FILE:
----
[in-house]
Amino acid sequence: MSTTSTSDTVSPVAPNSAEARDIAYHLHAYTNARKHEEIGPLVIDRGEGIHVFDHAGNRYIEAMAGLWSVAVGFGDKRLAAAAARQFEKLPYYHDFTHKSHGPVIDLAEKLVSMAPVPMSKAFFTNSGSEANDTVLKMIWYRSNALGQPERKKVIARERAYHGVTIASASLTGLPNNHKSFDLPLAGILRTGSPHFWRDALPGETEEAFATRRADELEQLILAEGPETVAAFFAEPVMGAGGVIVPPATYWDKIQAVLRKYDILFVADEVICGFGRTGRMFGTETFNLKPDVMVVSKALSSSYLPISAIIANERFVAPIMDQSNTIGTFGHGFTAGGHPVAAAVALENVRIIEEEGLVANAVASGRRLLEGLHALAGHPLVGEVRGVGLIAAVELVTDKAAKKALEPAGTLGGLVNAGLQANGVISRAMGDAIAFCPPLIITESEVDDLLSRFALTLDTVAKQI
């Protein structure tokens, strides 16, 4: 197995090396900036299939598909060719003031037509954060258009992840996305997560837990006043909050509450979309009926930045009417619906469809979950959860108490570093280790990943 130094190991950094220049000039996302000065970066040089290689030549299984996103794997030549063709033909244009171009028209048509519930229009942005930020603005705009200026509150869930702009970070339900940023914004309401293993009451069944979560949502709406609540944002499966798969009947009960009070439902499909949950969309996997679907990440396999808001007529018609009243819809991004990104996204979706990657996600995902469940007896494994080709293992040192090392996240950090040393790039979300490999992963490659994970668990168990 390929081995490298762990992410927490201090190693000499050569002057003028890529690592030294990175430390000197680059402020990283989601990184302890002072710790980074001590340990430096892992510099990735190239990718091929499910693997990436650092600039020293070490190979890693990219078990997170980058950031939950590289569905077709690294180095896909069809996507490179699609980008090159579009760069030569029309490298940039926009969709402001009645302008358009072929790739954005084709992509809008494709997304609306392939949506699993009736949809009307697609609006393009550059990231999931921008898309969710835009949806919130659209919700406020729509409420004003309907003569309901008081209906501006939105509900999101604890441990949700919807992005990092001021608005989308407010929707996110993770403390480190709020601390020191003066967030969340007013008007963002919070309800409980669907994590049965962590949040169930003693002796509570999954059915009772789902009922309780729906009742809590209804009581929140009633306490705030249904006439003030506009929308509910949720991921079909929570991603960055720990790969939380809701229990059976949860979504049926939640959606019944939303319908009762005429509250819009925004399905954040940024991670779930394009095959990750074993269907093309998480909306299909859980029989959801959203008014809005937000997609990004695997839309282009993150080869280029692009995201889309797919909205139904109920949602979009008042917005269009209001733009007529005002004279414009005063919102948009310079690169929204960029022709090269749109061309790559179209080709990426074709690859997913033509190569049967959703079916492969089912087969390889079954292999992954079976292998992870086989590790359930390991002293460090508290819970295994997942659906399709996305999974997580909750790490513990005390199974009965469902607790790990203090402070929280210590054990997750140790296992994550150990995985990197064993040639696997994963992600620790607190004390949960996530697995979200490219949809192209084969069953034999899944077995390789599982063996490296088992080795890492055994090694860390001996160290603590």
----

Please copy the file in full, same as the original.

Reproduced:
[in-house]
Amino acid sequence: MSTTSTSDTVSPVAPNSAEARDIAYHLHAYTNARKHEEIGPLVIDRGEGIHVFDHAGNRYIEAMAGLWSVAVGFGDKRLAAAAARQFEKLPYYHDFTHKSHGPVIDLAEKLVSMAPVPMSKAFFTNSGSEANDTVLKMIWYRSNALGQPERKKVIARERAYHGVTIASASLTGLPNNHKSFDLPLAGILRTGSPHFWRDALPGETEEAFATRRADELEQLILAEGPETVAAFFAEPVMGAGGVIVPPATYWDKIQAVLRKYDILFVADEVICGFGRTGRMFGTETFNLKPDVMVVSKALSSSYLPISAIIANERFVAPIMDQSNTIGTFGHGFTAGGHPVAAAVALENVRIIEEEGLVANAVASGRRLLEGLHALAGHPLVGEVRGVGLIAAVELVTDKAAKKALEPAGTLGGLVNAGLQANGVISRAMGDAIAFCPPLIITESEVDDLLSRFALTLDTVAKQI
């Protein structure tokens, strides 16, 4: 197995090396900036299939598909060719003031037509954060258009992840996305997560837990006043909050509450979309009926930045009417619906469809979950959860108490570093280790990943 130094190991950094220049000039996302000065970066040089290689030549299984996103794997030549063709033909244009171009028209048509519930229009942005930020603005705009200026509150869930702009970070339900940023914004309401293993009451069944979560949502709406609540944002499966798969009947009960009070439902499909949950969309996997679907990440396999808001007529018609009243819809991004990104996204979706990657996600995902469940007896494994080709293992040192090392996240950090040393790039979300490999992963490659994970668990168990 390929081995490298762990992410927490201090190693000499050569002057003028890529690592030294990175430390000197680059402020990283989601990184302890002072710790980074001590340990430096892992510099990735190239990718091929499910693997990436650092600039020293070490190979890693990219078990997170980058950031939950590289569905077709690294180095896909069809996507490179699609980008090159579009760069030569029309490298940039926009969709402001009645302008358009072929790739954005084709992509809008494709997304609306392939949506699993009736949809009307697609609006393009550059990231999931921008898309969710835009949806919130659209919700406020729509409420004003309907003569309901008081209906501006939105509900999101604890441990949700919807992005990092001021608005989308407010929707996110993770403390480190709020601390020191003066967030969340007013008007963002919070309800409980669907994590049965962590949040169930003693002796509570999954059915009772789902009922309780729906009742809590209804009581929140009633306490705030249904006439003030506009929308509910949720991921079909929570991603960055720990790969939380809701229990059976949860979504049926939640959606019944939303319908009762005429509250819009925004399905954040940024991670779930394009095959990750074993269907093309998480909306299909859980029989959801959203008014809005937000997609990004695997839309282009993150080869280029692009995201889309797919909205139904109920949602979009008042917005269009209001733009007529005002004279414009005063919102948009310079690169929204960029022709090269749109061309790559179209080709990426074709690859997913033509190569049967959703079916492969089912087969390889079954292999992954079976292998992870086989590790359930390991002293460090508290819970295994997942659906399709996305999974997580909750790490513990005390199974009965469902607790790990203090402070929280210590054990997750140790296992994550150990995985990197064993040639696997994963992600620790607190004390949960996530697995979200490219949809192209084969069953034999899944077995390789599982063996490296088992080795890492055994090694860390001996160290603590």